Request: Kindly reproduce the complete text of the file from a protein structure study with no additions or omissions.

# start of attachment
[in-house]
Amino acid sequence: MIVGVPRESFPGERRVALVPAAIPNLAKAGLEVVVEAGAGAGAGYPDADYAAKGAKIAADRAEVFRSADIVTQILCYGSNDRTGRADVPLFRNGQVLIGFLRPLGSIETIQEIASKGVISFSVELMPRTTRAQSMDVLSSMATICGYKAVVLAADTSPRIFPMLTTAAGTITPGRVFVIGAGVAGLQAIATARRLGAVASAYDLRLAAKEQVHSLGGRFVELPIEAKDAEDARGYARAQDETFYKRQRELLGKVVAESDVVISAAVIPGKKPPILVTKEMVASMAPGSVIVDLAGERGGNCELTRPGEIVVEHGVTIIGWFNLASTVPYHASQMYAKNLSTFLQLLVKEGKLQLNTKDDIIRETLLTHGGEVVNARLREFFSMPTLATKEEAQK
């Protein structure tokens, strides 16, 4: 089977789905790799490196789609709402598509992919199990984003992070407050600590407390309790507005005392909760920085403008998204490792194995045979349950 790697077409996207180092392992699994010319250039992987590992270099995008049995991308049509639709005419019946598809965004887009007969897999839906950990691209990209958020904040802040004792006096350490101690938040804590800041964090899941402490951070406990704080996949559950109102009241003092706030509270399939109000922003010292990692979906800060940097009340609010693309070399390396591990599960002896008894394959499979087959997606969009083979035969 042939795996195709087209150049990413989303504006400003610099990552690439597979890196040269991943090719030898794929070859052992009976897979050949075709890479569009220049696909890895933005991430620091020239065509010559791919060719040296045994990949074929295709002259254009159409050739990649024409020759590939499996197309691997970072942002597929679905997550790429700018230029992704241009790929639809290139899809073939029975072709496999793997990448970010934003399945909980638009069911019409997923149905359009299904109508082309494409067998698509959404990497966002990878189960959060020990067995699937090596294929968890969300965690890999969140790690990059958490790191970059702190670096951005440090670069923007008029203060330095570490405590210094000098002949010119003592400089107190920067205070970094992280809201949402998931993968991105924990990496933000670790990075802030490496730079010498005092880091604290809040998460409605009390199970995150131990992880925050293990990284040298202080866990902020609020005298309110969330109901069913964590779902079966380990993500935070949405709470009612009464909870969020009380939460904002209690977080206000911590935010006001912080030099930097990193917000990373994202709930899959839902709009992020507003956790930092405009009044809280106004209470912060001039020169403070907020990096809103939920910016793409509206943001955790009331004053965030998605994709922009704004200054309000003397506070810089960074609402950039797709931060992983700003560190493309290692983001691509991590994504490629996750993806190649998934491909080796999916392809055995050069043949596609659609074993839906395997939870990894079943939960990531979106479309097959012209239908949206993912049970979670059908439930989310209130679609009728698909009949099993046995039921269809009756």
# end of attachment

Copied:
[in-house]
Amino acid sequence: MIVGVPRESFPGERRVALVPAAIPNLAKAGLEVVVEAGAGAGAGYPDADYAAKGAKIAADRAEVFRSADIVTQILCYGSNDRTGRADVPLFRNGQVLIGFLRPLGSIETIQEIASKGVISFSVELMPRTTRAQSMDVLSSMATICGYKAVVLAADTSPRIFPMLTTAAGTITPGRVFVIGAGVAGLQAIATARRLGAVASAYDLRLAAKEQVHSLGGRFVELPIEAKDAEDARGYARAQDETFYKRQRELLGKVVAESDVVISAAVIPGKKPPILVTKEMVASMAPGSVIVDLAGERGGNCELTRPGEIVVEHGVTIIGWFNLASTVPYHASQMYAKNLSTFLQLLVKEGKLQLNTKDDIIRETLLTHGGEVVNARLREFFSMPTLATKEEAQK
């Protein structure tokens, strides 16, 4: 089977789905790799490196789609709402598509992919199990984003992070407050600590407390309790507005005392909760920085403008998204490792194995045979349950 790697077409996207180092392992699994010319250039992987590992270099995008049995991308049509639709005419019946598809965004887009007969897999839906950990691209990209958020904040802040004792006096350490101690938040804590800041964090899941402490951070406990704080996949559950109102009241003092706030509270399939109000922003010292990692979906800060940097009340609010693309070399390396591990599960002896008894394959499979087959997606969009083979035969 042939795996195709087209150049990413989303504006400003610099990552690439597979890196040269991943090719030898794929070859052992009976897979050949075709890479569009220049696909890895933005991430620091020239065509010559791919060719040296045994990949074929295709002259254009159409050739990649024409020759590939499996197309691997970072942002597929679905997550790429700018230029992704241009790929639809290139899809073939029975072709496999793997990448970010934003399945909980638009069911019409997923149905359009299904109508082309494409067998698509959404990497966002990878189960959060020990067995699937090596294929968890969300965690890999969140790690990059958490790191970059702190670096951005440090670069923007008029203060330095570490405590210094000098002949010119003592400089107190920067205070970094992280809201949402998931993968991105924990990496933000670790990075802030490496730079010498005092880091604290809040998460409605009390199970995150131990992880925050293990990284040298202080866990902020609020005298309110969330109901069913964590779902079966380990993500935070949405709470009612009464909870969020009380939460904002209690977080206000911590935010006001912080030099930097990193917000990373994202709930899959839902709009992020507003956790930092405009009044809280106004209470912060001039020169403070907020990096809103939920910016793409509206943001955790009331004053965030998605994709922009704004200054309000003397506070810089960074609402950039797709931060992983700003560190493309290692983001691509991590994504490629996750993806190649998934491909080796999916392809055995050069043949596609659609074993839906395997939870990894079943939960990531979106479309097959012209239908949206993912049970979670059908439930989310209130679609009728698909009949099993046995039921269809009756």